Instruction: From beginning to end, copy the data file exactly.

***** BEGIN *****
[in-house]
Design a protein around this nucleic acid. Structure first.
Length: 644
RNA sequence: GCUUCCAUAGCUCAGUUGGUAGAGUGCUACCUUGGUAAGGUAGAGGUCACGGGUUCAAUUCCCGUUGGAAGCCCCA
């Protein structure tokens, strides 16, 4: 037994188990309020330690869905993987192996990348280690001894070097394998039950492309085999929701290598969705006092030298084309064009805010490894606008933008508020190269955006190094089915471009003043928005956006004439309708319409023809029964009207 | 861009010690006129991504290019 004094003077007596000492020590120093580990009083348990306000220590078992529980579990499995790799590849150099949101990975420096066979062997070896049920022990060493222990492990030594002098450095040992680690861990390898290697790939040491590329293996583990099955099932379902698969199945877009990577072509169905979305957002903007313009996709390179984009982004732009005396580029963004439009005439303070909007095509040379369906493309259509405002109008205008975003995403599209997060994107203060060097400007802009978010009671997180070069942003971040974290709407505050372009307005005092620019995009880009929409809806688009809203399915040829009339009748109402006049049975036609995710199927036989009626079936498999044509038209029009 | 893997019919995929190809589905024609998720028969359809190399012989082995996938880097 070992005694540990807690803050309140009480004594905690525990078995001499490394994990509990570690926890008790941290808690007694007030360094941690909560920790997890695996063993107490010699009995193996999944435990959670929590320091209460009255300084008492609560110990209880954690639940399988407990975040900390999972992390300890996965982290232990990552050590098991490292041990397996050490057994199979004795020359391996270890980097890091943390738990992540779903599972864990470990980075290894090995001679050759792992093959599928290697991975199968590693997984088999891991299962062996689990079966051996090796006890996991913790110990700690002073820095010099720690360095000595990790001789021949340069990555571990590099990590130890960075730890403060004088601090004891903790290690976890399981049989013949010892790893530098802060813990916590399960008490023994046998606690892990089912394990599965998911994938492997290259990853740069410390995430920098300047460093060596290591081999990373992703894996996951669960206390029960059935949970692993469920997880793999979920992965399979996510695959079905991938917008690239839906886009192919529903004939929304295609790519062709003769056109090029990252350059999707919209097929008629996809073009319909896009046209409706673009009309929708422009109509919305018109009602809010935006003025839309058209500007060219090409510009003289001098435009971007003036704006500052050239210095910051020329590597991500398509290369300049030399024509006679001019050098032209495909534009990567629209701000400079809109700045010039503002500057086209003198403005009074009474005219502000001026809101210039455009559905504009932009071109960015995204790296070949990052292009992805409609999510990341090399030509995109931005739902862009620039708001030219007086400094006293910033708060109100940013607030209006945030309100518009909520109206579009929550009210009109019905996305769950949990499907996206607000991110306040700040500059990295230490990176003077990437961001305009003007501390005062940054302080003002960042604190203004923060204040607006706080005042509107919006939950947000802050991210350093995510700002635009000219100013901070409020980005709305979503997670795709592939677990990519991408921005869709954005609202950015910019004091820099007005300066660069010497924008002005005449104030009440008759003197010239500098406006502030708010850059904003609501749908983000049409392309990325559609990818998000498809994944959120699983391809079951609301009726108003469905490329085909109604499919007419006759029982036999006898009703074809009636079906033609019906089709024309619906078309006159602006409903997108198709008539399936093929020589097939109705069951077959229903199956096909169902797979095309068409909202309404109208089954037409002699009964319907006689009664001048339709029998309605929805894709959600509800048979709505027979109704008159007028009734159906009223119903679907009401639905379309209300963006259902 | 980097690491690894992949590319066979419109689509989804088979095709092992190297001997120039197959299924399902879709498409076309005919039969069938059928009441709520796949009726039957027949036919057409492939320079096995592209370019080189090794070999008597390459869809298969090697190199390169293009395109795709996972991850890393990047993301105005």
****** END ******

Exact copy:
[in-house]
Design a protein around this nucleic acid. Structure first.
Length: 644
RNA sequence: GCUUCCAUAGCUCAGUUGGUAGAGUGCUACCUUGGUAAGGUAGAGGUCACGGGUUCAAUUCCCGUUGGAAGCCCCA
């Protein structure tokens, strides 16, 4: 037994188990309020330690869905993987192996990348280690001894070097394998039950492309085999929701290598969705006092030298084309064009805010490894606008933008508020190269955006190094089915471009003043928005956006004439309708319409023809029964009207 | 861009010690006129991504290019 004094003077007596000492020590120093580990009083348990306000220590078992529980579990499995790799590849150099949101990975420096066979062997070896049920022990060493222990492990030594002098450095040992680690861990390898290697790939040491590329293996583990099955099932379902698969199945877009990577072509169905979305957002903007313009996709390179984009982004732009005396580029963004439009005439303070909007095509040379369906493309259509405002109008205008975003995403599209997060994107203060060097400007802009978010009671997180070069942003971040974290709407505050372009307005005092620019995009880009929409809806688009809203399915040829009339009748109402006049049975036609995710199927036989009626079936498999044509038209029009 | 893997019919995929190809589905024609998720028969359809190399012989082995996938880097 070992005694540990807690803050309140009480004594905690525990078995001499490394994990509990570690926890008790941290808690007694007030360094941690909560920790997890695996063993107490010699009995193996999944435990959670929590320091209460009255300084008492609560110990209880954690639940399988407990975040900390999972992390300890996965982290232990990552050590098991490292041990397996050490057994199979004795020359391996270890980097890091943390738990992540779903599972864990470990980075290894090995001679050759792992093959599928290697991975199968590693997984088999891991299962062996689990079966051996090796006890996991913790110990700690002073820095010099720690360095000595990790001789021949340069990555571990590099990590130890960075730890403060004088601090004891903790290690976890399981049989013949010892790893530098802060813990916590399960008490023994046998606690892990089912394990599965998911994938492997290259990853740069410390995430920098300047460093060596290591081999990373992703894996996951669960206390029960059935949970692993469920997880793999979920992965399979996510695959079905991938917008690239839906886009192919529903004939929304295609790519062709003769056109090029990252350059999707919209097929008629996809073009319909896009046209409706673009009309929708422009109509919305018109009602809010935006003025839309058209500007060219090409510009003289001098435009971007003036704006500052050239210095910051020329590597991500398509290369300049030399024509006679001019050098032209495909534009990567629209701000400079809109700045010039503002500057086209003198403005009074009474005219502000001026809101210039455009559905504009932009071109960015995204790296070949990052292009992805409609999510990341090399030509995109931005739902862009620039708001030219007086400094006293910033708060109100940013607030209006945030309100518009909520109206579009929550009210009109019905996305769950949990499907996206607000991110306040700040500059990295230490990176003077990437961001305009003007501390005062940054302080003002960042604190203004923060204040607006706080005042509107919006939950947000802050991210350093995510700002635009000219100013901070409020980005709305979503997670795709592939677990990519991408921005869709954005609202950015910019004091820099007005300066660069010497924008002005005449104030009440008759003197010239500098406006502030708010850059904003609501749908983000049409392309990325559609990818998000498809994944959120699983391809079951609301009726108003469905490329085909109604499919007419006759029982036999006898009703074809009636079906033609019906089709024309619906078309006159602006409903997108198709008539399936093929020589097939109705069951077959229903199956096909169902797979095309068409909202309404109208089954037409002699009964319907006689009664001048339709029998309605929805894709959600509800048979709505027979109704008159007028009734159906009223119903679907009401639905379309209300963006259902 | 980097690491690894992949590319066979419109689509989804088979095709092992190297001997120039197959299924399902879709498409076309005919039969069938059928009441709520796949009726039957027949036919057409492939320079096995592209370019080189090794070999008597390459869809298969090697190199390169293009395109795709996972991850890393990047993301105005």